Rochechouart – so much more than a ville fleurie

I think I could count the number of days I’ve not worn shorts, since April, on the fingers of one hand. Most summers in Scotland I could count on one hand the number of days I did wear shorts. Not only is the weather a total and glorious improvement on last year’s washout, but centre ville in Rochechouart also feels completely different. Visitors and tourists are here in good numbers, enjoying the bars, cafes, creperies, restaurants and various festivities our hometown is offering this summer. We’ve been here for 20 months now and French life, as we’d hoped and expected, has been in full flow along with the blue sky and sunshine. A sunny spring and even sunnier summer, which has only just begun, brings people out with smiles we can actually see, not hidden behind masks, to outdoor gatherings and events that were obliterated last year.

Now, we’ve come here from Edinburgh, so outdoor the events have quietened down a little by comparison. Last summer Rochechouart was filled with beautiful floral displays but with no gatherings allowed almost everything was cancelled. Later in the year the Christmas market felt weird, almost naughty as we mingled with dozens under an open-ended marquee. This year we’re being inundated with event options, happily very much focused on community and children’s participation. A variety of exhibitions, historical walks, nature walks, discovery workshops, local bands, DJs, farmer’s markets, night markets, garage sales, firework displays are taking place on a weekly basis. Two events in particular are fast approaching that will clearly receive the biggest response; this week’s 14 July celebrations and at the end of July the Labyrinthe de la Voix five-day music festival showcasing street music, French song, blues, Celtic pop, rock, electro jazz and soul. The 14 July fireworks extravaganza over Lake Boischenu will be enjoyed with friends and neighbours from our terrace, and to a lesser but still appreciable extent the live music festival can also be enjoyed from our own homes as the music drifts across from the chateau.

La Chatelaine orchestra and our Maire de Rochechouart

The other local fêtes in which take place every weekend throughout the summer are all community affairs and often take over a small village. When complimented with a marché de producteurs (farmer’s market), a brass band and an energetic DJ, not to mention our much-loved vide-greniers, they make otherwise sleepy villages come alive. Much like car boot sales in the UK, vide-greniers have become widespread since the 1970s, more regularly here spread throughout narrow village streets rather than open fields. Flea markets are a different beautiful beast, attracting more serious brocanteurs (antique dealers) rather than households selling more general wares, and have been a huge part of French life since the late 1800s. Suffice to say, we love them all.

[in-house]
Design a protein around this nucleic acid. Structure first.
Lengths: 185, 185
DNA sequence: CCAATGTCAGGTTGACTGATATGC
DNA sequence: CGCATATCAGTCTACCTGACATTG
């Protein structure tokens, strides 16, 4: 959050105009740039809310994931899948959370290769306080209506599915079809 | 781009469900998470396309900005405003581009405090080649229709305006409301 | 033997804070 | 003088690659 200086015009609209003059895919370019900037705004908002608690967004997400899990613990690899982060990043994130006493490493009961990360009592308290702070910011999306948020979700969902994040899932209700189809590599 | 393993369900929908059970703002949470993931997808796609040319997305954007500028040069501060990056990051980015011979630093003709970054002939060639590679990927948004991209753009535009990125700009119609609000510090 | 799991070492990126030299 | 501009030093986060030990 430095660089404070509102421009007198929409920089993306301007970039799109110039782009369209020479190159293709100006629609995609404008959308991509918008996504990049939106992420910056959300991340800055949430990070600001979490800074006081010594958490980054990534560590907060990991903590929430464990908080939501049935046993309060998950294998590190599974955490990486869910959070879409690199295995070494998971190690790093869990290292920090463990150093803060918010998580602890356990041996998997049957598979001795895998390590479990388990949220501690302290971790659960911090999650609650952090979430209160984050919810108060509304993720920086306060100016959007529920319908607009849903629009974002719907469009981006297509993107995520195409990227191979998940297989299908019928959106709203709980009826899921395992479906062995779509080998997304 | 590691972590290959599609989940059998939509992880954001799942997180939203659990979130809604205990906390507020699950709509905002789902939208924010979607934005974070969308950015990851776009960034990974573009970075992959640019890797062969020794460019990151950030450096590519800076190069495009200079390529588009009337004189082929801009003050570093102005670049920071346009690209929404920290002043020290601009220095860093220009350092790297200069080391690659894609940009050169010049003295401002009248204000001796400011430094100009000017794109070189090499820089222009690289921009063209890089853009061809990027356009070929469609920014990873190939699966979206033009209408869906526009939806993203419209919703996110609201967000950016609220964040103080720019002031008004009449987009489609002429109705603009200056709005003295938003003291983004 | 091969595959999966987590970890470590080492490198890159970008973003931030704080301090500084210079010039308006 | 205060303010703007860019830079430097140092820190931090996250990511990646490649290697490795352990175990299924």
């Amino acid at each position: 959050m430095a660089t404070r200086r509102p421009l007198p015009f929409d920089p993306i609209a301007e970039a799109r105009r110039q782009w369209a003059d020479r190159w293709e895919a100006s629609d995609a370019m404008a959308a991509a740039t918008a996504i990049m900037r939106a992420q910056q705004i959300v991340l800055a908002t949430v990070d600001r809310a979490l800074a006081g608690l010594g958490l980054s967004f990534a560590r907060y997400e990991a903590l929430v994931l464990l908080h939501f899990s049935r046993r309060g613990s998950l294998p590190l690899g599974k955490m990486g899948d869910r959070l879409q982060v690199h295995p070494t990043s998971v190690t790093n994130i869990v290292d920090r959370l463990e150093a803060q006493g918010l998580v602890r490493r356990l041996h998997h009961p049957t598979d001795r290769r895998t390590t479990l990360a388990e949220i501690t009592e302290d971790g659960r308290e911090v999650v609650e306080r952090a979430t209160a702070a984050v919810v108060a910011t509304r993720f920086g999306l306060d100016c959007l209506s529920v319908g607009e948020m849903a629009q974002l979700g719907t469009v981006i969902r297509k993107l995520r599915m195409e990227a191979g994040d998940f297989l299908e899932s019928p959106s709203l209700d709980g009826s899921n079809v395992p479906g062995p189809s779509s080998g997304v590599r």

Pepper is also enjoying a sunnier summer, though not so much her two recent encounters with a grass and whip snake. She enjoyed a ten-second face-off with the latter before mister snake got a little too agitated. We’re finding new walking routes specifically with Pepper in mind, with river visits a priority to cool her down whilst we search for shade in the constant 30+ degree heat. Thankfully she also loves a vide-grenier and the attention she receives from passers by. As long as there’s plenty of sniffs and friendly faces who just might have a treat to hand, she’s happy. Most importantly for us, the three of us are now beginning to feel integrated into our community. These local events bring everyone out, with names and faces becoming more familiar. Aided by a few recent lessons our improving French is helping too, as brief greetings are slowly extending to something approaching conversation. Walks through the town centre to the post office to deliver our Etsy sales are almost daily affairs, with familiar faces offering a friendly “bonjour” or “ca va?” Our community integration continues to be aided by our amazing friends and neighbours. With neither of us being the most confidently out-going, it’s often invites, offers and suggestions that push us to explore, and we thank them hugely for it.   

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